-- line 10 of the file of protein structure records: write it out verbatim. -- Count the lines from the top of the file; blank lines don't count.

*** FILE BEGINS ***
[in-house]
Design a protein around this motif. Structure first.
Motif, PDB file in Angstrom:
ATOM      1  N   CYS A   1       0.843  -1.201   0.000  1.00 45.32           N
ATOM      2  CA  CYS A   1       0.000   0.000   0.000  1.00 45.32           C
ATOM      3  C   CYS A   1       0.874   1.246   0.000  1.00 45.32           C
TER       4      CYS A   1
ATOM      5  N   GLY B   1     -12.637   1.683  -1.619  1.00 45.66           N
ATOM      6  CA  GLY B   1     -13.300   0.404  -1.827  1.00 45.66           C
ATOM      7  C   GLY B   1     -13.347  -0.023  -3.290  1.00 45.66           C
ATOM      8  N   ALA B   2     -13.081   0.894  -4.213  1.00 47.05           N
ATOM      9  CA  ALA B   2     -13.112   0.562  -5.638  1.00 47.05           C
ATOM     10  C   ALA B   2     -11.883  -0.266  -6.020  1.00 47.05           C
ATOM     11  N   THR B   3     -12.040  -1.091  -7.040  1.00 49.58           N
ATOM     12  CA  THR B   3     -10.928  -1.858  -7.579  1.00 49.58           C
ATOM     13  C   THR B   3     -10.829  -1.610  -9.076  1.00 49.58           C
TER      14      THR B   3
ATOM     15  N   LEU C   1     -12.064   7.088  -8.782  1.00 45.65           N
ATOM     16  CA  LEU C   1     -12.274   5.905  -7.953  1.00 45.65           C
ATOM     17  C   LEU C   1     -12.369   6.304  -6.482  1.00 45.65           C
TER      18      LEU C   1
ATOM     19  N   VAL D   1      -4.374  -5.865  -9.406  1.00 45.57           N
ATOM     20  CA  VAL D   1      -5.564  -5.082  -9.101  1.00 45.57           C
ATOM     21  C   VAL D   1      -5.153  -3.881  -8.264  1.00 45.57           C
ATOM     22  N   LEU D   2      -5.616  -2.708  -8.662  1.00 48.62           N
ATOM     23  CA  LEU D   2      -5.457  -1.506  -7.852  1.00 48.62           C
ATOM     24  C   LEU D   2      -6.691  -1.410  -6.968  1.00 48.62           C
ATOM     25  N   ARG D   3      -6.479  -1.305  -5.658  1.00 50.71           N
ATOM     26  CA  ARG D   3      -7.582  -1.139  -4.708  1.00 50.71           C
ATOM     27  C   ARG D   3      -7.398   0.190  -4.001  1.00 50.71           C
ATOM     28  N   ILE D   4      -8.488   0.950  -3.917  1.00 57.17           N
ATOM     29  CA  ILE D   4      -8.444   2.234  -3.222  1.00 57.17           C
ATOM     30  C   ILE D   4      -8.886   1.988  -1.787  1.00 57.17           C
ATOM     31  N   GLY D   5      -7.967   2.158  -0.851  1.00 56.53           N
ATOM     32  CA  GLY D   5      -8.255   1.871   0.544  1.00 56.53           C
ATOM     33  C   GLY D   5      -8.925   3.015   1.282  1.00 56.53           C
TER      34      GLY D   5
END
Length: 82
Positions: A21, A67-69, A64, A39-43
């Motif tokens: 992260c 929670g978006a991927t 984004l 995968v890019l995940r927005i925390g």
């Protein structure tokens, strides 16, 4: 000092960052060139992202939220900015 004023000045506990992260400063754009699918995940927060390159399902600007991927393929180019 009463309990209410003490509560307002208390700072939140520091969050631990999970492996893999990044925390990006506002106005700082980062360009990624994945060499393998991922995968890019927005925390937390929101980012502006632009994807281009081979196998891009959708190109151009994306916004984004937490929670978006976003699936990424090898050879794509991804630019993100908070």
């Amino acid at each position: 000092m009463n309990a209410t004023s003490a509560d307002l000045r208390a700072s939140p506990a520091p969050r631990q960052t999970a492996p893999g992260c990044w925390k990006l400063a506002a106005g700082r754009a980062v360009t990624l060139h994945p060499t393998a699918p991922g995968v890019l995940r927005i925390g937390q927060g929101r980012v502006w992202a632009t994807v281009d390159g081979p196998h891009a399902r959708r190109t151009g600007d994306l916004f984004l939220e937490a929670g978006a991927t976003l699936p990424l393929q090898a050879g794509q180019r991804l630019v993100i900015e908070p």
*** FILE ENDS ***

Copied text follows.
ATOM      7  C   GLY B   1     -13.347  -0.023  -3.290  1.00 45.66           C